The scene repeated itself for the next several hundred km, slightly drying up the further north we drove. At noon the stewardess came through with our meal. It was some meat product, a bit of curried chili oil, and something battered on the middle of a dish of rice. I didn't know what it was, but it was good. Duane was probably eating his airplane meal at the same time on his flight up there. I'd be meeting him tonight, but I didn't think he'd be too keen on my no English policy ;).

At about 17:30 or so the sun began to set, we were going through a mountain pass. I noticed something move on the wall next to me... a cockroach had just climbed out of the wall, and a second was following it. As the night progressed more kept appearing, scurrying across the floor and walls. No one else in the car seemed to take notice or mind, I suppose they're just a part of life.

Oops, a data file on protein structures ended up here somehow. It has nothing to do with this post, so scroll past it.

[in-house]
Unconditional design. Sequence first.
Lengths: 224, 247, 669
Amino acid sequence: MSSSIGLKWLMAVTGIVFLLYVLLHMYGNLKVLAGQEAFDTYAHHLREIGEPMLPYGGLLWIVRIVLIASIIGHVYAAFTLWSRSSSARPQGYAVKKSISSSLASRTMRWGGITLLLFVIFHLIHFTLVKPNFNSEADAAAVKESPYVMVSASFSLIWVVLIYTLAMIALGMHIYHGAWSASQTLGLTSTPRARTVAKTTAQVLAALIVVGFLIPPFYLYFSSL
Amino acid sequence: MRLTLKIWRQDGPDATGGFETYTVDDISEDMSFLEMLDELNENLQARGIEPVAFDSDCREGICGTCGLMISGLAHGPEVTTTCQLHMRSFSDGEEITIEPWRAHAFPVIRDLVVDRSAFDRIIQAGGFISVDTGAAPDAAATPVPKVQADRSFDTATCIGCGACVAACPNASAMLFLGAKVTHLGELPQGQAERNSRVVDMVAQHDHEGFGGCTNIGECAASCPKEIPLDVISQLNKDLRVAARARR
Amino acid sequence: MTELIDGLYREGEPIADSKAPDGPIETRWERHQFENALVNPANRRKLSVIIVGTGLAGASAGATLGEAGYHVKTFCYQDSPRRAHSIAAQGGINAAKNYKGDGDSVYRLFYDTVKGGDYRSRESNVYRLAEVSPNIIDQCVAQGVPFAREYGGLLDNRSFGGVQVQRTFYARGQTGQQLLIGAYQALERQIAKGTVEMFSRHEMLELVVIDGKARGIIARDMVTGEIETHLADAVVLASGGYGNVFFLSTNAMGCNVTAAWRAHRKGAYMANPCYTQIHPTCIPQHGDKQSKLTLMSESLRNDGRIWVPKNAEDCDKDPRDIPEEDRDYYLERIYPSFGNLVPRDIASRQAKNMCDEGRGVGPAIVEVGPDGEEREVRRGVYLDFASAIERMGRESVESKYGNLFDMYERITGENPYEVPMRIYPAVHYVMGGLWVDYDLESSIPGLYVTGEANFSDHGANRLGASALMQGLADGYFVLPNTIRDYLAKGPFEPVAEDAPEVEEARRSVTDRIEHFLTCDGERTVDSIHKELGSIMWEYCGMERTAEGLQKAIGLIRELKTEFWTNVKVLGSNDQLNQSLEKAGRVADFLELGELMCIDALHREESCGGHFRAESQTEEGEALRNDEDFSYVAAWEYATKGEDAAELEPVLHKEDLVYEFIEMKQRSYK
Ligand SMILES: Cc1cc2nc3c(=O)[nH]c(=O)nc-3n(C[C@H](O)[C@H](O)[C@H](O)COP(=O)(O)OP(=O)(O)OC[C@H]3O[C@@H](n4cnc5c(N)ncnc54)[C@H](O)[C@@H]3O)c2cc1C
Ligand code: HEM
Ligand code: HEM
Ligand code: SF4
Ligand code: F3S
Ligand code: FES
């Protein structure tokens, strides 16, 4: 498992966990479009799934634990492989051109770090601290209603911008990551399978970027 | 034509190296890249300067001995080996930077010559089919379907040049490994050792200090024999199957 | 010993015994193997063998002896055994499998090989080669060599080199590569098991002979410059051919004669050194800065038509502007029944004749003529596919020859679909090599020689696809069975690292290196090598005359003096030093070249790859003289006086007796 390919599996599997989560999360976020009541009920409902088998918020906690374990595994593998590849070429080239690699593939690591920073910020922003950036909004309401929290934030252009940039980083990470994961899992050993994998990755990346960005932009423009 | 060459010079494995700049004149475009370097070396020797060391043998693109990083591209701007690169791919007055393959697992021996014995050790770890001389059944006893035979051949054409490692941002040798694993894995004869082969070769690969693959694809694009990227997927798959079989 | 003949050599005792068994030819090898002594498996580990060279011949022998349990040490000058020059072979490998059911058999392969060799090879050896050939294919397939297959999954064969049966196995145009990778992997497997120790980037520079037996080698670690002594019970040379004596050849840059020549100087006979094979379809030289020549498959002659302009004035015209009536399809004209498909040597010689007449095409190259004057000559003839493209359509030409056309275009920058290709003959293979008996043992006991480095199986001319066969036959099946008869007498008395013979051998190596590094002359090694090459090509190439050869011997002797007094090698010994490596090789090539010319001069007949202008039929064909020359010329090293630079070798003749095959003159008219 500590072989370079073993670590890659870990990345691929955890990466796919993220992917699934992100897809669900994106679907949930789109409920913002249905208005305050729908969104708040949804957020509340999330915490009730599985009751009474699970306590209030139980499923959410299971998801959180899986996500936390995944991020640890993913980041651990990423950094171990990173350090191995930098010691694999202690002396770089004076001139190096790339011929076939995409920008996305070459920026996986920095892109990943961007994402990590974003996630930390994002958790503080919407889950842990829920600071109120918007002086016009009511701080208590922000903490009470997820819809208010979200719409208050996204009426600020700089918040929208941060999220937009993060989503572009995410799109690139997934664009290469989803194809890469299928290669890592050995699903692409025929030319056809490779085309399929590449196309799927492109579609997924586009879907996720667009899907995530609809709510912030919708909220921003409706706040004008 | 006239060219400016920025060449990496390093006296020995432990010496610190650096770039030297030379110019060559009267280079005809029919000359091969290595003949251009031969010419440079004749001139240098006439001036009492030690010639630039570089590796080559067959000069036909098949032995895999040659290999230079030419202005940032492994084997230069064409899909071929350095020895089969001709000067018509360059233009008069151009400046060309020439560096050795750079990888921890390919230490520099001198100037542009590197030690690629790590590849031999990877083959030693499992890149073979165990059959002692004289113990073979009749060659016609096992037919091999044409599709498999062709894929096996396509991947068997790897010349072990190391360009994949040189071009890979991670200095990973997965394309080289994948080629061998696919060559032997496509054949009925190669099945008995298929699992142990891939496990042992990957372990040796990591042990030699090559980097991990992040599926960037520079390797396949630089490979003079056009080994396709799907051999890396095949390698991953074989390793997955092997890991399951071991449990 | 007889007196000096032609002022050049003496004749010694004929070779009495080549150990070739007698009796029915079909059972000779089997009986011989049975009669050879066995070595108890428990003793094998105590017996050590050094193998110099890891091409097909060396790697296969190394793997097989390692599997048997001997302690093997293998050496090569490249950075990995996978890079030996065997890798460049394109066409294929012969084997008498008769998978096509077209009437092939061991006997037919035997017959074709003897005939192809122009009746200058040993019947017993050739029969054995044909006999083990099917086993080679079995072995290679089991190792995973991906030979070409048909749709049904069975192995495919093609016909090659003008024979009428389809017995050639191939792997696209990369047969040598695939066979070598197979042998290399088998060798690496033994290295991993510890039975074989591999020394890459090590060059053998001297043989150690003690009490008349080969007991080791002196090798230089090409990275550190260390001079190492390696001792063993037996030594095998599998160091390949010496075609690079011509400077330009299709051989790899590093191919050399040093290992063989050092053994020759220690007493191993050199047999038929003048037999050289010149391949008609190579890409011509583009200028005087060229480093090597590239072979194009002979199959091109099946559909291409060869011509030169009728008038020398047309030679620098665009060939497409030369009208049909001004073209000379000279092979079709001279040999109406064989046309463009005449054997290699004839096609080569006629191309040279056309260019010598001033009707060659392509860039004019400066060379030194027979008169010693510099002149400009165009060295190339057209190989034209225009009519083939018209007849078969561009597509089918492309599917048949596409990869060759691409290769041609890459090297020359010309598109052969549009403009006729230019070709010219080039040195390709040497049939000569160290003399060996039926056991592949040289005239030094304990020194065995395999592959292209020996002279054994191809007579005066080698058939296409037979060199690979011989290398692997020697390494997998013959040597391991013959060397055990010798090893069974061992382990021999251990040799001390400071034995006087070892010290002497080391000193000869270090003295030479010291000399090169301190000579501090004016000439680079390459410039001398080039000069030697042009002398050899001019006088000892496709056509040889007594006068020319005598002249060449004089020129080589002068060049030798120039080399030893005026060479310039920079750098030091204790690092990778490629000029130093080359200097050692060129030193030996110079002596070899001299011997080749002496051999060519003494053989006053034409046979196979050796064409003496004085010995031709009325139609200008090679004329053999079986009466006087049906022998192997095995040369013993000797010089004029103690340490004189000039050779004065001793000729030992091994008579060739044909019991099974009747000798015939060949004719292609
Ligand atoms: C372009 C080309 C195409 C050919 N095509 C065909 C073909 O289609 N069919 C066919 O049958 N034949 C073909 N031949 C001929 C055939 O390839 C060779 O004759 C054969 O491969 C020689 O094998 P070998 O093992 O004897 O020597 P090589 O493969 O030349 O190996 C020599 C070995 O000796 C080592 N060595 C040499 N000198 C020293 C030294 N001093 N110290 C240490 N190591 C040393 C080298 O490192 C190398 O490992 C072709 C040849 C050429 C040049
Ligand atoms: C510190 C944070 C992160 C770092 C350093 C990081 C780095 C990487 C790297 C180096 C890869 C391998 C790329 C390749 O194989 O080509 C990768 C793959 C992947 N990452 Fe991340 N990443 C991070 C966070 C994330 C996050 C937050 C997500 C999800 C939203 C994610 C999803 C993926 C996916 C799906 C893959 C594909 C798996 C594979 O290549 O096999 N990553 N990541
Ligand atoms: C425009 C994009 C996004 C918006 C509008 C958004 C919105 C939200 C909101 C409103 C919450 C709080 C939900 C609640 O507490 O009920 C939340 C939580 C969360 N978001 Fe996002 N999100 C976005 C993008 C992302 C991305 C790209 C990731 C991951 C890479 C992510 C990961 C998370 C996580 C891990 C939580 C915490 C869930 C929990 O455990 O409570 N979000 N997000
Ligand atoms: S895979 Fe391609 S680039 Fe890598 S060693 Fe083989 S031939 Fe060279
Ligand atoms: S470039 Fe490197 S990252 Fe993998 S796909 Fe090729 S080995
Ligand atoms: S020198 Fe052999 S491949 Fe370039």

I exited the station expecting to be mauled by touts, but it was surprisingly quiet, the fact that all I had was a small laptop shoulder bag probably helped disguise me from the other tourists. I found a friendly tuk-tuk driver and heading into Chiang Mai. The driver had been living in Chiang Mai driving tuk-tuk's for 10 years.

I caught up with Duane and we headed out for some Thai food and beer and to plot our next few days in and around the city.

Click to read my next post in the series